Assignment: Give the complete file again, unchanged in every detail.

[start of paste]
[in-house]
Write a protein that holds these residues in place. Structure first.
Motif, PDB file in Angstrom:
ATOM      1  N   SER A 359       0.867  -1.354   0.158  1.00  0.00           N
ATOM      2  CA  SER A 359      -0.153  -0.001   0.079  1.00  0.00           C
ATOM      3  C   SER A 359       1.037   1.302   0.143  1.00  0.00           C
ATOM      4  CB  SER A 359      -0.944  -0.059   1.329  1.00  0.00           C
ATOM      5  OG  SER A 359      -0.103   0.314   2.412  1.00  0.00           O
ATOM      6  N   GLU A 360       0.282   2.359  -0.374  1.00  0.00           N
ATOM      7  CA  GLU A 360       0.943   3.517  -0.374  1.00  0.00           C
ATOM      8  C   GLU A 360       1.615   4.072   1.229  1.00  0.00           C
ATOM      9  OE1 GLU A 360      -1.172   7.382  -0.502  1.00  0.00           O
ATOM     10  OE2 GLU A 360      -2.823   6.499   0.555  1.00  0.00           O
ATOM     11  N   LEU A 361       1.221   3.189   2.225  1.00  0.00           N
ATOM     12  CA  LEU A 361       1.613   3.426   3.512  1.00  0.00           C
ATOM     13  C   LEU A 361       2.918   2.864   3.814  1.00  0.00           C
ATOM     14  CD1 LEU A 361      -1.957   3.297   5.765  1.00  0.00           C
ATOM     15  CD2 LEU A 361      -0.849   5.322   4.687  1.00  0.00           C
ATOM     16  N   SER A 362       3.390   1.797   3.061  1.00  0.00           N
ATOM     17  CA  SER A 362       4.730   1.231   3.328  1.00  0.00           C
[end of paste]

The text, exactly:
[in-house]
Write a protein that holds these residues in place. Structure first.
Motif, PDB file in Angstrom:
ATOM      1  N   SER A 359       0.867  -1.354   0.158  1.00  0.00           N
ATOM      2  CA  SER A 359      -0.153  -0.001   0.079  1.00  0.00           C
ATOM      3  C   SER A 359       1.037   1.302   0.143  1.00  0.00           C
ATOM      4  CB  SER A 359      -0.944  -0.059   1.329  1.00  0.00           C
ATOM      5  OG  SER A 359      -0.103   0.314   2.412  1.00  0.00           O
ATOM      6  N   GLU A 360       0.282   2.359  -0.374  1.00  0.00           N
ATOM      7  CA  GLU A 360       0.943   3.517  -0.374  1.00  0.00           C
ATOM      8  C   GLU A 360       1.615   4.072   1.229  1.00  0.00           C
ATOM      9  OE1 GLU A 360      -1.172   7.382  -0.502  1.00  0.00           O
ATOM     10  OE2 GLU A 360      -2.823   6.499   0.555  1.00  0.00           O
ATOM     11  N   LEU A 361       1.221   3.189   2.225  1.00  0.00           N
ATOM     12  CA  LEU A 361       1.613   3.426   3.512  1.00  0.00           C
ATOM     13  C   LEU A 361       2.918   2.864   3.814  1.00  0.00           C
ATOM     14  CD1 LEU A 361      -1.957   3.297   5.765  1.00  0.00           C
ATOM     15  CD2 LEU A 361      -0.849   5.322   4.687  1.00  0.00           C
ATOM     16  N   SER A 362       3.390   1.797   3.061  1.00  0.00           N
ATOM     17  CA  SER A 362       4.730   1.231   3.328  1.00  0.00           C